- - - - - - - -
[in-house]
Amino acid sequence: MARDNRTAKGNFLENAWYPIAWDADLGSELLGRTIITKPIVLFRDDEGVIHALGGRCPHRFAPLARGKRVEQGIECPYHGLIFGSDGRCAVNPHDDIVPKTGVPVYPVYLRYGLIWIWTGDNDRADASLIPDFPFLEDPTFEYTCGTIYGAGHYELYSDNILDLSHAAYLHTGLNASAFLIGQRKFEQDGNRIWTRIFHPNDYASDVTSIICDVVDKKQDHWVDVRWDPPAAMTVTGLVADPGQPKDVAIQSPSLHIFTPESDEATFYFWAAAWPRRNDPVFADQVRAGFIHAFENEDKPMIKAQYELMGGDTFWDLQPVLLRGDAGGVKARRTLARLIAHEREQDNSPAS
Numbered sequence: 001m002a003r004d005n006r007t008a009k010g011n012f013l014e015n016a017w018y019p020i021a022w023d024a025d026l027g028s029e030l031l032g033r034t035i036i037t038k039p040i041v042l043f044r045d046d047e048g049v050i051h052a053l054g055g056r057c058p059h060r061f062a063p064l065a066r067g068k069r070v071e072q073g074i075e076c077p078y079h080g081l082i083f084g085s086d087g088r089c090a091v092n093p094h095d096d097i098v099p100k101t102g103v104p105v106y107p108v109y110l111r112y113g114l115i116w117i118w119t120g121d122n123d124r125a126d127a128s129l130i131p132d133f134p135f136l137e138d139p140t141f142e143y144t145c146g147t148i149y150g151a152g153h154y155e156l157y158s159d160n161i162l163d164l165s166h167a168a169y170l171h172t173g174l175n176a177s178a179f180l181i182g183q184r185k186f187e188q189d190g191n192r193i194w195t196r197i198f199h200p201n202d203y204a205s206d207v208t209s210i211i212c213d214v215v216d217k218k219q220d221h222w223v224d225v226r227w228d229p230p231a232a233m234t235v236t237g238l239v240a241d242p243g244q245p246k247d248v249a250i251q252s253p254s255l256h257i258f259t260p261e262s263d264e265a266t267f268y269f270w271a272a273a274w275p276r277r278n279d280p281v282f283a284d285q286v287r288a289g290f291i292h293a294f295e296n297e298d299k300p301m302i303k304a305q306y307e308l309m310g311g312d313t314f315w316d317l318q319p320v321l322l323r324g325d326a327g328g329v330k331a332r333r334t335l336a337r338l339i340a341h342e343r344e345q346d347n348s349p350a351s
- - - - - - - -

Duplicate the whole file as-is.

[in-house]
Amino acid sequence: MARDNRTAKGNFLENAWYPIAWDADLGSELLGRTIITKPIVLFRDDEGVIHALGGRCPHRFAPLARGKRVEQGIECPYHGLIFGSDGRCAVNPHDDIVPKTGVPVYPVYLRYGLIWIWTGDNDRADASLIPDFPFLEDPTFEYTCGTIYGAGHYELYSDNILDLSHAAYLHTGLNASAFLIGQRKFEQDGNRIWTRIFHPNDYASDVTSIICDVVDKKQDHWVDVRWDPPAAMTVTGLVADPGQPKDVAIQSPSLHIFTPESDEATFYFWAAAWPRRNDPVFADQVRAGFIHAFENEDKPMIKAQYELMGGDTFWDLQPVLLRGDAGGVKARRTLARLIAHEREQDNSPAS
Numbered sequence: 001m002a003r004d005n006r007t008a009k010g011n012f013l014e015n016a017w018y019p020i021a022w023d024a025d026l027g028s029e030l031l032g033r034t035i036i037t038k039p040i041v042l043f044r045d046d047e048g049v050i051h052a053l054g055g056r057c058p059h060r061f062a063p064l065a066r067g068k069r070v071e072q073g074i075e076c077p078y079h080g081l082i083f084g085s086d087g088r089c090a091v092n093p094h095d096d097i098v099p100k101t102g103v104p105v106y107p108v109y110l111r112y113g114l115i116w117i118w119t120g121d122n123d124r125a126d127a128s129l130i131p132d133f134p135f136l137e138d139p140t141f142e143y144t145c146g147t148i149y150g151a152g153h154y155e156l157y158s159d160n161i162l163d164l165s166h167a168a169y170l171h172t173g174l175n176a177s178a179f180l181i182g183q184r185k186f187e188q189d190g191n192r193i194w195t196r197i198f199h200p201n202d203y204a205s206d207v208t209s210i211i212c213d214v215v216d217k218k219q220d221h222w223v224d225v226r227w228d229p230p231a232a233m234t235v236t237g238l239v240a241d242p243g244q245p246k247d248v249a250i251q252s253p254s255l256h257i258f259t260p261e262s263d264e265a266t267f268y269f270w271a272a273a274w275p276r277r278n279d280p281v282f283a284d285q286v287r288a289g290f291i292h293a294f295e296n297e298d299k300p301m302i303k304a305q306y307e308l309m310g311g312d313t314f315w316d317l318q319p320v321l322l323r324g325d326a327g328g329v330k331a332r333r334t335l336a337r338l339i340a341h342e343r344e345q346d347n348s349p350a351s